If this is true of professional training it must surely be true in terms of the personal development one looks for in a student during the college course. This is the period in their lives when they are seeking answers to fundamental questions in their efforts to develop as full human beings. It is going to be very hard for tutors to win their confidence if they do not know them, and it is unlikely that students will take the initiative unless they know their tutor really well. We need to be aware of the difficulties which could arise in the new large-type Catholic college if we have to plan in that direction. Awareness of itself is important, but it is not enough; we should try to anticipate the problems and conduct the necessary research now. A move in this direction would be at least some consolation.
F. G. Peers Mary Ward College
of Education, Keyworth, Nottinghamshire.
The Catholic community would be unwise to accept too readily the view being propagated by the college lobby that the imminent closuce of many of the Catholic colleges of education is an unmixed disaster, Before subscribing to that view. Catholics should inquire in what sense the colleges are still Catholic, in what sense they provide a Catholic higher education, and what kind of Catholicism is taught in their theology departments. Unlike Catholic schools in the State system. where all the pupils — though not all the teachers — are Catholics, the colleges have long since ceased to be Catholic in the minimal sense that all their students are Catholic. Furthermore, in my experience, the college courses are in no way orientated to educating students precisely as Catholics, even the philosophy of education courses having been secularised.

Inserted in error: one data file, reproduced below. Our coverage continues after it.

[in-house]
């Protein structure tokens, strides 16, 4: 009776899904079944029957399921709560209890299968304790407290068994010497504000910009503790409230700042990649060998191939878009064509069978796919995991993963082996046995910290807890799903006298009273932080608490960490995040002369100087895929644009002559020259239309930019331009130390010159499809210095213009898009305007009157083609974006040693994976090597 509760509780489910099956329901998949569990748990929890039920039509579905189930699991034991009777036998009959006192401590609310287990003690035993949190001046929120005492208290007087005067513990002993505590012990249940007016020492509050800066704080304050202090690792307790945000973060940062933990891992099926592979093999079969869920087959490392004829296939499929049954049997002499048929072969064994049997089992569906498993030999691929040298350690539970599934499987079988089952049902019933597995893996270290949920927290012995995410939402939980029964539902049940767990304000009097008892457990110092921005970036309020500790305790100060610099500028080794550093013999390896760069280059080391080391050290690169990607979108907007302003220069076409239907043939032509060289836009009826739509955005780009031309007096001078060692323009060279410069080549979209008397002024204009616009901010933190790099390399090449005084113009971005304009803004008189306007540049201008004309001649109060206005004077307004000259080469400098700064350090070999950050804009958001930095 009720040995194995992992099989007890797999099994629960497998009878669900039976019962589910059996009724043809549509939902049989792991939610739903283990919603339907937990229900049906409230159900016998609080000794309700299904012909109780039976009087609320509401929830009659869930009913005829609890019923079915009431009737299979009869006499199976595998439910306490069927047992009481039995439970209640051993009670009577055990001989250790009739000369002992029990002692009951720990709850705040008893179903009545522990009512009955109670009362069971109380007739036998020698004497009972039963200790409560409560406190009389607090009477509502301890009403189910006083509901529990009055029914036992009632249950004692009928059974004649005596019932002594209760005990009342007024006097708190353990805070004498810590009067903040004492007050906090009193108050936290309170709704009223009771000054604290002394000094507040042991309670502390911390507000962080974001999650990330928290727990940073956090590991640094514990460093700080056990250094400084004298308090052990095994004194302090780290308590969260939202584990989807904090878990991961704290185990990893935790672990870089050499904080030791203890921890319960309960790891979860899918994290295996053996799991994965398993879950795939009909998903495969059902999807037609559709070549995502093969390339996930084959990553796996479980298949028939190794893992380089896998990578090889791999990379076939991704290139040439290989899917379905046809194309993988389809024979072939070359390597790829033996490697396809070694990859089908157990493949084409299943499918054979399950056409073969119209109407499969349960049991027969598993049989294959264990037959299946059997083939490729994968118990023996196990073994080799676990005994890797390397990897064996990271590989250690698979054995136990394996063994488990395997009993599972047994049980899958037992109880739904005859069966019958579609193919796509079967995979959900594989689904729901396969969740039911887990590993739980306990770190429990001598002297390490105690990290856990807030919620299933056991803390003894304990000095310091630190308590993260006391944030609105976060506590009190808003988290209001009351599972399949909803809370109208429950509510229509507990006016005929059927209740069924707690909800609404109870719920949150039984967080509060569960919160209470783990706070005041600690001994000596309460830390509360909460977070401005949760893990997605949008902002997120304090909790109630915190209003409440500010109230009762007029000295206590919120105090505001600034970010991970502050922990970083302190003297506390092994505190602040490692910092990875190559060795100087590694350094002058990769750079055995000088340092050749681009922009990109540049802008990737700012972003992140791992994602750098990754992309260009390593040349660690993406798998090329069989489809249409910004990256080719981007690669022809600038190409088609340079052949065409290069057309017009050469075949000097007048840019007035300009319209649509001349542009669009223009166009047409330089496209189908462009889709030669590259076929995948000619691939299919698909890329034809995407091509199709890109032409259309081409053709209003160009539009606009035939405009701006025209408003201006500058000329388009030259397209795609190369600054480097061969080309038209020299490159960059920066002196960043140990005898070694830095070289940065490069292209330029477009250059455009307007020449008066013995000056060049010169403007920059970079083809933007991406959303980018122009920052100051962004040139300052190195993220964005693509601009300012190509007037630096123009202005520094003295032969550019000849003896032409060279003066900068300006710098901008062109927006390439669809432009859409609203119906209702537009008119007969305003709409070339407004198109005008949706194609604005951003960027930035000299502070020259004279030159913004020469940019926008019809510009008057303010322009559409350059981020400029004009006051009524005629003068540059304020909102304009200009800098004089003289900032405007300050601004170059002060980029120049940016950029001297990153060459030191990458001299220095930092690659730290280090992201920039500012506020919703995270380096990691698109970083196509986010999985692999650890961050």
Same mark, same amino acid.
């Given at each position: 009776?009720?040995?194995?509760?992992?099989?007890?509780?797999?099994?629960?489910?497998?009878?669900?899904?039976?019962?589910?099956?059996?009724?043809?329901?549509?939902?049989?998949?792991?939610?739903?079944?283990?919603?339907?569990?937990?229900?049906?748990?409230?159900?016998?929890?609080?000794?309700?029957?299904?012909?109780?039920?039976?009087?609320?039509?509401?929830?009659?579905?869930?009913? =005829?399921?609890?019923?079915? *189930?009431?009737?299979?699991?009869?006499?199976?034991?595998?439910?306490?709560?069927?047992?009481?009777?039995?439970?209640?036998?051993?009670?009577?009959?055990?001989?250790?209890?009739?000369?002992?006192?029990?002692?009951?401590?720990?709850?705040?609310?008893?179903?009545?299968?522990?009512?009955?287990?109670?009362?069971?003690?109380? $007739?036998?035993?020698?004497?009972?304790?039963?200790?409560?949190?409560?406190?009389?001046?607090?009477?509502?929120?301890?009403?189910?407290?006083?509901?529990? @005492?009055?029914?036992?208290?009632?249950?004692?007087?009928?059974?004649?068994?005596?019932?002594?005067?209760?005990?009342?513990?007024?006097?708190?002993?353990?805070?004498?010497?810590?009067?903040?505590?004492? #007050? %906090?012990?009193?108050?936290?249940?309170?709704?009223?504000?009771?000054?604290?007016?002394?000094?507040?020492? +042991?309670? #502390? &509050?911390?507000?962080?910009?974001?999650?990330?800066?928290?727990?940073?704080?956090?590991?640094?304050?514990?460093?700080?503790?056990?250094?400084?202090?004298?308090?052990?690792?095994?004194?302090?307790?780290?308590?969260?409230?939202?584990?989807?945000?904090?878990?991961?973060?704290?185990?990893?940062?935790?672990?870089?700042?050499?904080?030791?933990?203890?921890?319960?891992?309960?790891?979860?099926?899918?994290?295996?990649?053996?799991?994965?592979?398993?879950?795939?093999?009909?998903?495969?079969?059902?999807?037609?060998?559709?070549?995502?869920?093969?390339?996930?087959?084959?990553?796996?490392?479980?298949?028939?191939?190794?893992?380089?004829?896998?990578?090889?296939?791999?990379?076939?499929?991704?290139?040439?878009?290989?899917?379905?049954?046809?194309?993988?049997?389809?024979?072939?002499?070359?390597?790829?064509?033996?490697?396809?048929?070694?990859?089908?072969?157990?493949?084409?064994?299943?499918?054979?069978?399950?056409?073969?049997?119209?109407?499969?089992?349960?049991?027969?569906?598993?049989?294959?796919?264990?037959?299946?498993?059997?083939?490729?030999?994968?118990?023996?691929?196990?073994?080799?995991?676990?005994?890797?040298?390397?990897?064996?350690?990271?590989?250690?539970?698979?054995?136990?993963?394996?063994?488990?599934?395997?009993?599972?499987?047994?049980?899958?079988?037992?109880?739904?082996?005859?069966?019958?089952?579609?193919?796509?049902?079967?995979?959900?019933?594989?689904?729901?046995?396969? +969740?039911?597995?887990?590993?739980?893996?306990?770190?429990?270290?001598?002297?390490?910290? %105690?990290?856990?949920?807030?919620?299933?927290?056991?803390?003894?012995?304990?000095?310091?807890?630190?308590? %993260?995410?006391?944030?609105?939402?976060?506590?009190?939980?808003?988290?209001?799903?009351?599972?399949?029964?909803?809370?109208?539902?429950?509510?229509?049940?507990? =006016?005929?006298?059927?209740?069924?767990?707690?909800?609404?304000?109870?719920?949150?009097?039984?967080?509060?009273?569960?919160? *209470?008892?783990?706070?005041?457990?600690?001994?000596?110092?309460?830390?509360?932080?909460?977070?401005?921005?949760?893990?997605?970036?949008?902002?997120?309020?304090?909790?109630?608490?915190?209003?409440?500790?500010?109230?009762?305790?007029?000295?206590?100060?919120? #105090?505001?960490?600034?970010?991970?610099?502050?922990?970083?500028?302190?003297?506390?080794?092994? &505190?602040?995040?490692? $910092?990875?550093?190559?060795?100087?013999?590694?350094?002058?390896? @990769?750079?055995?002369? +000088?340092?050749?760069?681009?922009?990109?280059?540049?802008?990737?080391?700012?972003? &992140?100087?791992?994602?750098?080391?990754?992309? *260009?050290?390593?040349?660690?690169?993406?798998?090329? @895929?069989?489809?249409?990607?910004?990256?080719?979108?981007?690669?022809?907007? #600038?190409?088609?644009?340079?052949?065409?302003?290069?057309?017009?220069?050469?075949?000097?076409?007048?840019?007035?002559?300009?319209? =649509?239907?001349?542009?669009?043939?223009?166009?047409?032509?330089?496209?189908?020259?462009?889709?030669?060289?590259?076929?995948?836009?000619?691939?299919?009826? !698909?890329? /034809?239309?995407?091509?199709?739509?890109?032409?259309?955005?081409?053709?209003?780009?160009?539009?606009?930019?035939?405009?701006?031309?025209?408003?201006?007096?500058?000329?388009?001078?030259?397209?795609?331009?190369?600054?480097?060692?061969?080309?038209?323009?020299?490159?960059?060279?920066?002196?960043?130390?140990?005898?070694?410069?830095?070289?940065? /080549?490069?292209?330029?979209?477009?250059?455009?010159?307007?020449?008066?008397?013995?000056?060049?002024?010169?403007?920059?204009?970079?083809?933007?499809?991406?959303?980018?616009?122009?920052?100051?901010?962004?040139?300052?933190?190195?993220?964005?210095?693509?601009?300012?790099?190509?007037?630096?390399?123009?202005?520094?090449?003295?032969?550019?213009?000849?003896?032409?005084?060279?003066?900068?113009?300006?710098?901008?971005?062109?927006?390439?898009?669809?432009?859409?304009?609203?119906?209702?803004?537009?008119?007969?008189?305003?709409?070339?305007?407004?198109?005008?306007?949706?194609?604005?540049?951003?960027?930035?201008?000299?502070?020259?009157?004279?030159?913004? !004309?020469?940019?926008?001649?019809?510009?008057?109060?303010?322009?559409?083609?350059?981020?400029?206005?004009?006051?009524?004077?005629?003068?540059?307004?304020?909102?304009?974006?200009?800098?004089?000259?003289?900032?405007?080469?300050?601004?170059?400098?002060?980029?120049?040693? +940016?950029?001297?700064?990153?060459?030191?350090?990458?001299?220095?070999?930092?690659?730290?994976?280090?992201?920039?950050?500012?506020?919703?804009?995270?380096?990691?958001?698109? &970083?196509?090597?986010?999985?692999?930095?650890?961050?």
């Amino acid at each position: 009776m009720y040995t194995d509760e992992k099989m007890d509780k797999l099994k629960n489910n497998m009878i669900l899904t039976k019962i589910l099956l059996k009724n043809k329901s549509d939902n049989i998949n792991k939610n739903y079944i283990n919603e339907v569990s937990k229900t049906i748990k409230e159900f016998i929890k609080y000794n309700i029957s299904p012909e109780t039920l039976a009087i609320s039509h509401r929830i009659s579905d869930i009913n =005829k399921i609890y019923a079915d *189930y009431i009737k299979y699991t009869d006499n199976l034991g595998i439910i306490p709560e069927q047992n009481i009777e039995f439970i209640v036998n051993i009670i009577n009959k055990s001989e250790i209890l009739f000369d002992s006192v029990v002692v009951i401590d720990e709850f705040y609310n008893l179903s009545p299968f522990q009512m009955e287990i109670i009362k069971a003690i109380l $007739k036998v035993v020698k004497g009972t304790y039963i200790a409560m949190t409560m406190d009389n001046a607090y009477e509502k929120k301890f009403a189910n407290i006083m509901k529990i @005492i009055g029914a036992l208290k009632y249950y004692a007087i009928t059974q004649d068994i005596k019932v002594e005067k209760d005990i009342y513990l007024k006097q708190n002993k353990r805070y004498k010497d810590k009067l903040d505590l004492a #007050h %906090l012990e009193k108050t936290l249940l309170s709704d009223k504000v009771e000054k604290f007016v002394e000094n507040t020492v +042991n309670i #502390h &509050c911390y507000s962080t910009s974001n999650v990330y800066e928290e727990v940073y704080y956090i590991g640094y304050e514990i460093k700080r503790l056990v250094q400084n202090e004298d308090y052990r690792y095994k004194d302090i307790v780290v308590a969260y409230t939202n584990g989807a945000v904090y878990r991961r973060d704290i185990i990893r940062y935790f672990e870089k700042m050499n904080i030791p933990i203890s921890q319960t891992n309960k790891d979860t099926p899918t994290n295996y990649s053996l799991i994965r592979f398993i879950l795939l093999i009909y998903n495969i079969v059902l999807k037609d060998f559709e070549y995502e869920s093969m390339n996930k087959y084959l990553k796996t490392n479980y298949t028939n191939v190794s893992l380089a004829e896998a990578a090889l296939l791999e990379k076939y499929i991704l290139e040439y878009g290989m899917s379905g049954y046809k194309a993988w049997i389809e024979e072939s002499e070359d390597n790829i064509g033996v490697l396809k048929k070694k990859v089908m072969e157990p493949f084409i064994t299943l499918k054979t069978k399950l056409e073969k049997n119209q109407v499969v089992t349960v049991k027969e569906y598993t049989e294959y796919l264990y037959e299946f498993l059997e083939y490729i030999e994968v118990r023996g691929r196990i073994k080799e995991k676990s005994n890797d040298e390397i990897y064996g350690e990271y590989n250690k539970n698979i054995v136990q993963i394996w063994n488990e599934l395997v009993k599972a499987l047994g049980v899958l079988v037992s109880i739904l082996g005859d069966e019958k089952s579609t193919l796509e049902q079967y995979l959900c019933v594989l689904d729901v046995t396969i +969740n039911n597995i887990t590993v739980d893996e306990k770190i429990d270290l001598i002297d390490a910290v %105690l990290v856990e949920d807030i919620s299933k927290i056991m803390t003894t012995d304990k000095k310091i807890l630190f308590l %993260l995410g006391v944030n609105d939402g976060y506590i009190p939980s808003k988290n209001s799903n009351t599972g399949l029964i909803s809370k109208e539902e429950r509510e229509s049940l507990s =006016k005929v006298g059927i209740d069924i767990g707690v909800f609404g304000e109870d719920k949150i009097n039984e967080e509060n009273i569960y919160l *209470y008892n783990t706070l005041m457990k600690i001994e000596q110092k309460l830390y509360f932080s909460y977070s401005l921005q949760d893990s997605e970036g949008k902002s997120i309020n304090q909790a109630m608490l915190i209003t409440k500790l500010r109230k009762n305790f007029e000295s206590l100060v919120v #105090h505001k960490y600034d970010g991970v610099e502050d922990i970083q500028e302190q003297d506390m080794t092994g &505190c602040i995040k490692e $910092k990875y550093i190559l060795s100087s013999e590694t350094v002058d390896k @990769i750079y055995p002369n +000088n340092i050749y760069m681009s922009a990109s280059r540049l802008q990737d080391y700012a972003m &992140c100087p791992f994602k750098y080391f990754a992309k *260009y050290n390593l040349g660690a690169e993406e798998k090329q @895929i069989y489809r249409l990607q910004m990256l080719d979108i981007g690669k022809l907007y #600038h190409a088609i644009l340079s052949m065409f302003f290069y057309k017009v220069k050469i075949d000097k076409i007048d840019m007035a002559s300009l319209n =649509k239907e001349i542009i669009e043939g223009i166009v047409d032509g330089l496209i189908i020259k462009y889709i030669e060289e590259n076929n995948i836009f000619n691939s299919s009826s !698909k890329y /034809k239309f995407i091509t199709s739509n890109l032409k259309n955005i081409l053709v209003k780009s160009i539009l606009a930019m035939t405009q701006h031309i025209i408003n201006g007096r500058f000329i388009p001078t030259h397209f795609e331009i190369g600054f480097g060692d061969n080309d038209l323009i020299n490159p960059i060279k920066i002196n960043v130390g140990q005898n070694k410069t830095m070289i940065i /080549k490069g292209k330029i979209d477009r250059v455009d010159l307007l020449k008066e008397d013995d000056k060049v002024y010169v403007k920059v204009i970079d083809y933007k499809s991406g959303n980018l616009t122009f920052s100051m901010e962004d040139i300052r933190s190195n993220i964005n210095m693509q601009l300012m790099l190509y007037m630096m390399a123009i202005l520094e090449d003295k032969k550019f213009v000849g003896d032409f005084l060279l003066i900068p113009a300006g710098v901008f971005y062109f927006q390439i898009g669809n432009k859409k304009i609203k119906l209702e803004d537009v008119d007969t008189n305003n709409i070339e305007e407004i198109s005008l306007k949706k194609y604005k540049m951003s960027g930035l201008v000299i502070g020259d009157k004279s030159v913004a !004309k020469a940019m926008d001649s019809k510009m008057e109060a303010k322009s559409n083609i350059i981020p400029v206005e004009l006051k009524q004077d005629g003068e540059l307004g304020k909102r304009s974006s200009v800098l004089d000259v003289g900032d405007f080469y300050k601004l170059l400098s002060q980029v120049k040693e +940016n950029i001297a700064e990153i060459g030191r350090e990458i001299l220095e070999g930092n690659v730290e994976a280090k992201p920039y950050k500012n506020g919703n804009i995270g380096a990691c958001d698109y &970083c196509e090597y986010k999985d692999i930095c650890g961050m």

Most important of all, there is no guarantee whatever that what is taught in the theology, departments agrees with the doctrines of the Faith as defined by the magisterium. On the contrary, certain lecturers are notorious for their repudiations of Catholic orthodoxy, while the Dutch Catechism, uninfluenced by the orthodox appendix required by Rome, is the basic textbook in many of the theology departments.
There is considerable irony in the fact that many lecturers, having opposed for a decade the papal condemnation of contraception, have contributed to that fall-off in the Catholic birthrate which now threatens to put them out of their jobs.
W. J. Morgaq
18 Carlton Road, Rugby.